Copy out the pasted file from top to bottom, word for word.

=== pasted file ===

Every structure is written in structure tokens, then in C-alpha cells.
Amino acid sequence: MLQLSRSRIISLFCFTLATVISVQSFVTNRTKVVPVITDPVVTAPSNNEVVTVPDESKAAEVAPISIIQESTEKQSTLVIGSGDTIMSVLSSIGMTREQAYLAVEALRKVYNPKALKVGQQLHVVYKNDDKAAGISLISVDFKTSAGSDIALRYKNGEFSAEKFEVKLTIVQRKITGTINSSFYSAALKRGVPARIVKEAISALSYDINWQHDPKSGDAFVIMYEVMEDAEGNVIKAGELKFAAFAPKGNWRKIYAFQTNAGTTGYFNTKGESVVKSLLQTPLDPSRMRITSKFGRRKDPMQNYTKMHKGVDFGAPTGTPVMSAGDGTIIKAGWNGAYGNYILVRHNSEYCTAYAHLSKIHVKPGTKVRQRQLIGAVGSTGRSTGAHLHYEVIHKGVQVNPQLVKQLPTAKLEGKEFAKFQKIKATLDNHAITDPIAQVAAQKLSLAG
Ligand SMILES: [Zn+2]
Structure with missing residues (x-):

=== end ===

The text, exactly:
Every structure is written in structure tokens, then in C-alpha cells.
Amino acid sequence: MLQLSRSRIISLFCFTLATVISVQSFVTNRTKVVPVITDPVVTAPSNNEVVTVPDESKAAEVAPISIIQESTEKQSTLVIGSGDTIMSVLSSIGMTREQAYLAVEALRKVYNPKALKVGQQLHVVYKNDDKAAGISLISVDFKTSAGSDIALRYKNGEFSAEKFEVKLTIVQRKITGTINSSFYSAALKRGVPARIVKEAISALSYDINWQHDPKSGDAFVIMYEVMEDAEGNVIKAGELKFAAFAPKGNWRKIYAFQTNAGTTGYFNTKGESVVKSLLQTPLDPSRMRITSKFGRRKDPMQNYTKMHKGVDFGAPTGTPVMSAGDGTIIKAGWNGAYGNYILVRHNSEYCTAYAHLSKIHVKPGTKVRQRQLIGAVGSTGRSTGAHLHYEVIHKGVQVNPQLVKQLPTAKLEGKEFAKFQKIKATLDNHAITDPIAQVAAQKLSLAG
Ligand SMILES: [Zn+2]
Structure with missing residues (x-):